The biggest shocker is that the new liars are all intriguing. Sofia Carson lights up the screen as Ava Jalali. Her backstory heartbreaking, and it gives her an immediate edge over the others.
Sydney Park turns in a convincing role as Caitlin Park-Lewis, a character that seems like a Spencer Hastings wannabe. While that's not a bad thing, she needs some more material post-premiere to for me to make a much better judgment.
What I love about her character, in particular, is that there's a darkness in there, and one of the returning liars picks up on it from the get-go. If it turns out that she has a twin a la Alex Drake, then I'll probably quit the show.
I. Marlene King, take note!
Eli Brown is also solid as Dylan Walker. He's the character that everyone essentially craps on because he's so nice. He has a huge secret and it's one that is probably going to make viewers love or hate him.
He does have a lot of screentime, but he needs to show that he has a backbone at some point. We need more intel on his past to fully understand his motives for being happy in his circle of friends.
Pretty Little Liars: The Perfectionists is all about pushing people to their limits. That's what being a student at BHU is all about. Excellency is required, and when people are pushed to extremes, they can snap.
Well, that appears to be what the mystery is trying to feed us.
The weak link as far as the characters go is Nolan Hotchkiss. He was a difficult character to get a read on, and I'm not sure whether the other characters were so well-developed in comparison to him that he was lost in translation.
His character is reminiscent of Alison DiLaurentis circa Pretty Little Liars Season 1, but he lacks that spark she had.
Kelly Rutherford is on board as his mother, Claire Hotchkiss, a woman who seems way too involved in what these young twenty-somethings are getting up to.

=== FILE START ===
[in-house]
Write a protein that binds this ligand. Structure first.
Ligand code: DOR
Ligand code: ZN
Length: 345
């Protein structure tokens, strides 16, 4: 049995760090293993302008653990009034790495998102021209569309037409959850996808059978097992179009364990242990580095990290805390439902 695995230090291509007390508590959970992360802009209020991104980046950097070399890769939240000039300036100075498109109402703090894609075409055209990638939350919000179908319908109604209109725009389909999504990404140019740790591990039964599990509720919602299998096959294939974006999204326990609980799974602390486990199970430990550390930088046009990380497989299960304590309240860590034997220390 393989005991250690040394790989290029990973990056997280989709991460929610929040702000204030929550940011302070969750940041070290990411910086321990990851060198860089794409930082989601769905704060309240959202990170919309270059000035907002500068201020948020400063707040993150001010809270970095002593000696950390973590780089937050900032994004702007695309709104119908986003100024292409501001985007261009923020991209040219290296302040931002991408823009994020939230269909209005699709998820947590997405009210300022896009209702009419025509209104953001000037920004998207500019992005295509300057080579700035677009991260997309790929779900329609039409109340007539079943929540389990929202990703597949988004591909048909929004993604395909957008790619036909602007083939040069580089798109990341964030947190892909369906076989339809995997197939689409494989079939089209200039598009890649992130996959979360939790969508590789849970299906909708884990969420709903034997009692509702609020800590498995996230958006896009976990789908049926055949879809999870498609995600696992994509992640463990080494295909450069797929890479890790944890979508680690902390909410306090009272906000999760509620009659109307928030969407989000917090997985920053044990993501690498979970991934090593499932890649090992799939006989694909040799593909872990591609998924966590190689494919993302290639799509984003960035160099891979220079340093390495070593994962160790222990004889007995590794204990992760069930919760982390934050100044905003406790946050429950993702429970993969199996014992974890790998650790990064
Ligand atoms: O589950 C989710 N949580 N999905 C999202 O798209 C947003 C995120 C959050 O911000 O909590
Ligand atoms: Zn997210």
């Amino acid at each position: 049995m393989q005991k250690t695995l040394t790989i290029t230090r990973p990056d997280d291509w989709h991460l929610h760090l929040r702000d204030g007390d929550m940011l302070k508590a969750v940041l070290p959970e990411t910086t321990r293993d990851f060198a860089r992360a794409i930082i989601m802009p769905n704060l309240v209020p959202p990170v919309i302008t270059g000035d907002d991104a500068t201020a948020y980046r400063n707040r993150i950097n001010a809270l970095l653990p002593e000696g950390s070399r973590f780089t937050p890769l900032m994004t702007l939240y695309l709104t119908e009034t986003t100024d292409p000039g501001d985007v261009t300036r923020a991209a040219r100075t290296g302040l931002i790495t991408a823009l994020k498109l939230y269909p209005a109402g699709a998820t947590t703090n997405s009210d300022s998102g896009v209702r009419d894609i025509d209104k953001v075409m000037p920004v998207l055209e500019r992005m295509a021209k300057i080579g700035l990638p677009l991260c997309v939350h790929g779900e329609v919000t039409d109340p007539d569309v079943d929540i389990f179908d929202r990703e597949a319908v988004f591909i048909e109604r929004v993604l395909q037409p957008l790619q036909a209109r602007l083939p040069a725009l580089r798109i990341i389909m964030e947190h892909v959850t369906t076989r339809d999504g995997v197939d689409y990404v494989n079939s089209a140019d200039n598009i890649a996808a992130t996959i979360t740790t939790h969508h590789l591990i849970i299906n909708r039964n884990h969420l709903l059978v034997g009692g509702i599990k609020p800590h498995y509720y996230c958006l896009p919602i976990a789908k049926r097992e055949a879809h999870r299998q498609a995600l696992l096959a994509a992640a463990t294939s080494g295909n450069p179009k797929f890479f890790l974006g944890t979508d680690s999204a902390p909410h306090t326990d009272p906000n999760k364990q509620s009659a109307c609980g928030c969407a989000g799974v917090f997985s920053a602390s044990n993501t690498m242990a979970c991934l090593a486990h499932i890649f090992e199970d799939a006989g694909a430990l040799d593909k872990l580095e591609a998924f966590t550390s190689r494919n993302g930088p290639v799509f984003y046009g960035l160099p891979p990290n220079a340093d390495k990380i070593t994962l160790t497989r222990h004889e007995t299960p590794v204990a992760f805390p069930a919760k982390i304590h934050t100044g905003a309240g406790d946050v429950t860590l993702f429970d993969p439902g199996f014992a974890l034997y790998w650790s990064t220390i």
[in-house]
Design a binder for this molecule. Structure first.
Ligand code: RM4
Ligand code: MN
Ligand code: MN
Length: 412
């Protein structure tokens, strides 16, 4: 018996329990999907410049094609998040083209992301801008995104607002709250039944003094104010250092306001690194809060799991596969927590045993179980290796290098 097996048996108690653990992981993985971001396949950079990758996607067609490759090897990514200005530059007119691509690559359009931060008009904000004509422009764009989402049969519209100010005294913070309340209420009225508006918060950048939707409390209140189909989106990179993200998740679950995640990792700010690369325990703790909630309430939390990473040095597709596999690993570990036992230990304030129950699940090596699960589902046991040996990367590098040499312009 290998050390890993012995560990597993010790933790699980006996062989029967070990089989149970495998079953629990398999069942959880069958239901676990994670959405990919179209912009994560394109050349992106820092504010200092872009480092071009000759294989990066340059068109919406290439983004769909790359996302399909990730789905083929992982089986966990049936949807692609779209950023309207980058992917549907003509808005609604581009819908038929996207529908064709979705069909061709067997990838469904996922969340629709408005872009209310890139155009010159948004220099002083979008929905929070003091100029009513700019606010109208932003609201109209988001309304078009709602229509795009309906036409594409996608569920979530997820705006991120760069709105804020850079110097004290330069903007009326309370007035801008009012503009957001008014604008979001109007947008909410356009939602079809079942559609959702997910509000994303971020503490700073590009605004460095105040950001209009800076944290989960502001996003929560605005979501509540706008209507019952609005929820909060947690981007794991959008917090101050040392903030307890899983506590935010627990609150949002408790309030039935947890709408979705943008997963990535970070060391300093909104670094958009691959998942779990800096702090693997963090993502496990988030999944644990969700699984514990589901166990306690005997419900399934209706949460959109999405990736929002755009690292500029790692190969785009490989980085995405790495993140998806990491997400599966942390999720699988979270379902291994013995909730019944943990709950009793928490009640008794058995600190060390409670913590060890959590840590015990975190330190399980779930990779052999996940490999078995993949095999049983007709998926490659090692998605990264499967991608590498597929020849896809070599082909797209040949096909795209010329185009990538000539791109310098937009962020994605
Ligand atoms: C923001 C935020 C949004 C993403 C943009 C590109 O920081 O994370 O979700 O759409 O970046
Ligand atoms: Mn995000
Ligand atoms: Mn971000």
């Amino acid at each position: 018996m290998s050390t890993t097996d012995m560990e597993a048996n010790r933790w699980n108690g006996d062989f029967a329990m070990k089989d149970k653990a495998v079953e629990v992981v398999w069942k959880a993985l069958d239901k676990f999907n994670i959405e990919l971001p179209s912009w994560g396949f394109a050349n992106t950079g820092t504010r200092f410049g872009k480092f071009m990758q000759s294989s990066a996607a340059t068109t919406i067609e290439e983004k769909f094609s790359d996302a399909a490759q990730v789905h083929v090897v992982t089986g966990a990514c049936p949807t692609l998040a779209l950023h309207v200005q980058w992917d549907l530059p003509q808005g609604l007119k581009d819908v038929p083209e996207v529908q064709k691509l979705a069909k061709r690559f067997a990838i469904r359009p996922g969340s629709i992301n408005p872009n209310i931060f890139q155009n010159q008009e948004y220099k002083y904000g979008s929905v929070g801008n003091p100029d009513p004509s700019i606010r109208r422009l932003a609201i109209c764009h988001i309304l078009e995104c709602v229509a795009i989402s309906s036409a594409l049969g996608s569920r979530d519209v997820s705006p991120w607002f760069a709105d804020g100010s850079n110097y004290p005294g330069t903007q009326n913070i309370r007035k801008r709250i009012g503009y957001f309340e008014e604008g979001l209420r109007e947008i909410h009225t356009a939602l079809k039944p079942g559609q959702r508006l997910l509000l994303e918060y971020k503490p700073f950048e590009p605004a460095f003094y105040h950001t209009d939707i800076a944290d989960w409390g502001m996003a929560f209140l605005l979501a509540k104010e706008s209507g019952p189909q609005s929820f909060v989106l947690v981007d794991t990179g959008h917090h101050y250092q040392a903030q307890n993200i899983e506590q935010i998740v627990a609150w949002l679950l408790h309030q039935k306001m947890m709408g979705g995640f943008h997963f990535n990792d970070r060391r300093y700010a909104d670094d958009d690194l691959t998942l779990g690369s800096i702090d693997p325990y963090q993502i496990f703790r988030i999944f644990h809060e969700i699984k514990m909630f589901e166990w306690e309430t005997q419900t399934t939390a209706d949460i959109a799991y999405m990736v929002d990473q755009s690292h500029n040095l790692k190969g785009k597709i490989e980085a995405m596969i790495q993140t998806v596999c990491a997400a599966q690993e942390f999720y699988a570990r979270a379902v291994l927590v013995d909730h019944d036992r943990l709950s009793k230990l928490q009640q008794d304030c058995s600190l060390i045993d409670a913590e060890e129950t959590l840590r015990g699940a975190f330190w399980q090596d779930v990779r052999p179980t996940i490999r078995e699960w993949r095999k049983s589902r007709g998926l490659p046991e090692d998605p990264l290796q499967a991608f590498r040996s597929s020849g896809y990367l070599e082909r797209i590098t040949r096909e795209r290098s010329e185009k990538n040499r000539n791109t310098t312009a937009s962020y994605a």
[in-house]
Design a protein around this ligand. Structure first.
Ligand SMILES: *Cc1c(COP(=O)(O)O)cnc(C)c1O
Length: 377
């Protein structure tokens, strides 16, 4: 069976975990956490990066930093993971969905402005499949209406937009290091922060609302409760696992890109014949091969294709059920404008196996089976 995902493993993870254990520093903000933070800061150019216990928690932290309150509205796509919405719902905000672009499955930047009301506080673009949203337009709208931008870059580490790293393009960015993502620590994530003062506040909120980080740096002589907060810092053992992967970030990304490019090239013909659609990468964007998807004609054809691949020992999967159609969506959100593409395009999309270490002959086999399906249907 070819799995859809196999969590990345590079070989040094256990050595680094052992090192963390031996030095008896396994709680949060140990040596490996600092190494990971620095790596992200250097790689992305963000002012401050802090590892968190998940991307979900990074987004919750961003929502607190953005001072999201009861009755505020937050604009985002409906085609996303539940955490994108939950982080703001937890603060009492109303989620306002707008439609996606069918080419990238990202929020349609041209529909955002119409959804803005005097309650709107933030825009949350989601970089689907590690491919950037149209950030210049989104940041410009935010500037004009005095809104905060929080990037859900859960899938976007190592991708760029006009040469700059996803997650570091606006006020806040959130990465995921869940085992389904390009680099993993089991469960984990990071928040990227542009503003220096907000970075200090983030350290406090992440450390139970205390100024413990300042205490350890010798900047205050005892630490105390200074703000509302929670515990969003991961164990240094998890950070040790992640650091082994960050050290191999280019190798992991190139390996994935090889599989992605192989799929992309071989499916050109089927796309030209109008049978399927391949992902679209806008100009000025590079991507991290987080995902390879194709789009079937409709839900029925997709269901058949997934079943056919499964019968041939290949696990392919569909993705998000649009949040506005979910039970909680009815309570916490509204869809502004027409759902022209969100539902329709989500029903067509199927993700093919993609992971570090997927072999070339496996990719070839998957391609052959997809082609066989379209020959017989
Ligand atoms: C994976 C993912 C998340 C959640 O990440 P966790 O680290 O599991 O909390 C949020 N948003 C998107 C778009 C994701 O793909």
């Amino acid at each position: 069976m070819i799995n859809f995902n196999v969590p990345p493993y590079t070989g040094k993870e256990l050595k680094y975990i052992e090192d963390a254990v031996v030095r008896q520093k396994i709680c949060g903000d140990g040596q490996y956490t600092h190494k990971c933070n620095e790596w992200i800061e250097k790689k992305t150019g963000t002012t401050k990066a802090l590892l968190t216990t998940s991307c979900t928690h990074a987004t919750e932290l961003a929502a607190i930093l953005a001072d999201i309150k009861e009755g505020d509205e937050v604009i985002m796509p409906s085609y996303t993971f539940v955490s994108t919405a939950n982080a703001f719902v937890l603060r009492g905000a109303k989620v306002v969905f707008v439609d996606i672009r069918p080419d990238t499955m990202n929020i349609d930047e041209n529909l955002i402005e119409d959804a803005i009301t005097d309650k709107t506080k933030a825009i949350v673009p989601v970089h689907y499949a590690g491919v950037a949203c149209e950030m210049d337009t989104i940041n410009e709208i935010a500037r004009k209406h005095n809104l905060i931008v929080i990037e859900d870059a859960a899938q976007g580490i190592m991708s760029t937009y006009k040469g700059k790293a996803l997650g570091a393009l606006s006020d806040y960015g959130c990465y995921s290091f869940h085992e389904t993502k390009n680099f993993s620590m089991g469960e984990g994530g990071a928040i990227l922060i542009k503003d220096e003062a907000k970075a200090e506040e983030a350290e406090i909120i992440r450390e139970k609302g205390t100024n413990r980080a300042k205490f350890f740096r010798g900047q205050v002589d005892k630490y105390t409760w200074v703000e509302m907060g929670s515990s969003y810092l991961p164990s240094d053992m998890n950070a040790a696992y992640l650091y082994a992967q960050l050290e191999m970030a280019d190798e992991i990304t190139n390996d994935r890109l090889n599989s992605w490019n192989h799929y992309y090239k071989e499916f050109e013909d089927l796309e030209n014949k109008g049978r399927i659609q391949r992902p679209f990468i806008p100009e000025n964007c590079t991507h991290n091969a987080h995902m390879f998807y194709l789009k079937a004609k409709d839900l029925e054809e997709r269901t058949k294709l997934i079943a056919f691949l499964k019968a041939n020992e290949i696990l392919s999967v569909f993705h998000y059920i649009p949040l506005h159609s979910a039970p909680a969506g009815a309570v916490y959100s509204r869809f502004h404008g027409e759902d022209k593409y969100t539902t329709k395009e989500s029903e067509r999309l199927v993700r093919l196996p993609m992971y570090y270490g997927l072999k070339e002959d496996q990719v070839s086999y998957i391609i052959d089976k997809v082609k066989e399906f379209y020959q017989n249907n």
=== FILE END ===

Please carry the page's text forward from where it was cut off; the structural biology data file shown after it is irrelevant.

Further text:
Rutherford excelled on both Gossip Girl and Dynasty, but it appears that she's playing the same role she played on both those shows.
As a whole, Pretty Little Liars: The Perfectionists has learned a lot from the mistakes of Pretty Little Liars. There was a lot of exposition in the pilot, and most of it was necessary.
That's a good start, and the mystery surrounding what's going on at the college is sure to keep fans tuned in at least for the first season. It may well be Freeform's next big hit.
It's sexy, provocative and sure to start a conversation.
Hopefully, I. Marlene King has the plot mapped out for future seasons, and that the reveals actually live up to the hype.
A lot of returning viewers are not going to give the show a lot of time to hook them. There will be a curiosity factor for sure, and it could become one of Freeform's most-watched series.
Remember you can watch Pretty Little Liars online right here via TV Fanatic. You know, if you want to relive the past.
Pretty Little Liars: The Perfectionists debuts March 20 on Freeform.
Paul Dailly is the Associate Editor for TV Fanatic. Follow him on Twitter.